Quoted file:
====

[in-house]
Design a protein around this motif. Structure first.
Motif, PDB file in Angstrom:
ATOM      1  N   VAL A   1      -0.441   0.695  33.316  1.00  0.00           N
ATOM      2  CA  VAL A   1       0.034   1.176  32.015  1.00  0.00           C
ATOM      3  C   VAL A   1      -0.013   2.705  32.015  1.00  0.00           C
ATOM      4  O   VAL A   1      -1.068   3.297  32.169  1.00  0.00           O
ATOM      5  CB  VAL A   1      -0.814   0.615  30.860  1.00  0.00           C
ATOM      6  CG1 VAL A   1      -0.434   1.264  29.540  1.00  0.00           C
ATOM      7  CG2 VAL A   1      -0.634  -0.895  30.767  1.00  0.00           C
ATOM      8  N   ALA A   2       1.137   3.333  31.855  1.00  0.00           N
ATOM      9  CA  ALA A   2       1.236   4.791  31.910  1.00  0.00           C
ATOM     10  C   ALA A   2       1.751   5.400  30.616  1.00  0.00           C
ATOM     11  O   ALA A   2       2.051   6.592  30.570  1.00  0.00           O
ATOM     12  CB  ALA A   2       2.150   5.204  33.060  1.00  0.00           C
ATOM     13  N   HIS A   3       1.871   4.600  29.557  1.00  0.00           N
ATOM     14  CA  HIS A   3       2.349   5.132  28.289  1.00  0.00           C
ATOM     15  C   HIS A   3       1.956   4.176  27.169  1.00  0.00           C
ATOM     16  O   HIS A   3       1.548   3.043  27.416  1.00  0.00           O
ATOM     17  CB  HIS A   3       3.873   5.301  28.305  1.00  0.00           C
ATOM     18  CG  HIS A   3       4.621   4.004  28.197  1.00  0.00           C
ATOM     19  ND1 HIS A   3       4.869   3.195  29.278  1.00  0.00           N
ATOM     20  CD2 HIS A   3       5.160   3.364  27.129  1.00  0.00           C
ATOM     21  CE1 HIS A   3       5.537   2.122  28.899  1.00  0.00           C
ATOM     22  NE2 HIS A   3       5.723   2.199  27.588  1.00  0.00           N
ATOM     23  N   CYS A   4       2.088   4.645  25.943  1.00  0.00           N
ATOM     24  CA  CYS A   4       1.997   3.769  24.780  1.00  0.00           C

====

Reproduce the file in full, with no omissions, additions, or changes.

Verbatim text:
[in-house]
Design a protein around this motif. Structure first.
Motif, PDB file in Angstrom:
ATOM      1  N   VAL A   1      -0.441   0.695  33.316  1.00  0.00           N
ATOM      2  CA  VAL A   1       0.034   1.176  32.015  1.00  0.00           C
ATOM      3  C   VAL A   1      -0.013   2.705  32.015  1.00  0.00           C
ATOM      4  O   VAL A   1      -1.068   3.297  32.169  1.00  0.00           O
ATOM      5  CB  VAL A   1      -0.814   0.615  30.860  1.00  0.00           C
ATOM      6  CG1 VAL A   1      -0.434   1.264  29.540  1.00  0.00           C
ATOM      7  CG2 VAL A   1      -0.634  -0.895  30.767  1.00  0.00           C
ATOM      8  N   ALA A   2       1.137   3.333  31.855  1.00  0.00           N
ATOM      9  CA  ALA A   2       1.236   4.791  31.910  1.00  0.00           C
ATOM     10  C   ALA A   2       1.751   5.400  30.616  1.00  0.00           C
ATOM     11  O   ALA A   2       2.051   6.592  30.570  1.00  0.00           O
ATOM     12  CB  ALA A   2       2.150   5.204  33.060  1.00  0.00           C
ATOM     13  N   HIS A   3       1.871   4.600  29.557  1.00  0.00           N
ATOM     14  CA  HIS A   3       2.349   5.132  28.289  1.00  0.00           C
ATOM     15  C   HIS A   3       1.956   4.176  27.169  1.00  0.00           C
ATOM     16  O   HIS A   3       1.548   3.043  27.416  1.00  0.00           O
ATOM     17  CB  HIS A   3       3.873   5.301  28.305  1.00  0.00           C
ATOM     18  CG  HIS A   3       4.621   4.004  28.197  1.00  0.00           C
ATOM     19  ND1 HIS A   3       4.869   3.195  29.278  1.00  0.00           N
ATOM     20  CD2 HIS A   3       5.160   3.364  27.129  1.00  0.00           C
ATOM     21  CE1 HIS A   3       5.537   2.122  28.899  1.00  0.00           C
ATOM     22  NE2 HIS A   3       5.723   2.199  27.588  1.00  0.00           N
ATOM     23  N   CYS A   4       2.088   4.645  25.943  1.00  0.00           N
ATOM     24  CA  CYS A   4       1.997   3.769  24.780  1.00  0.00           C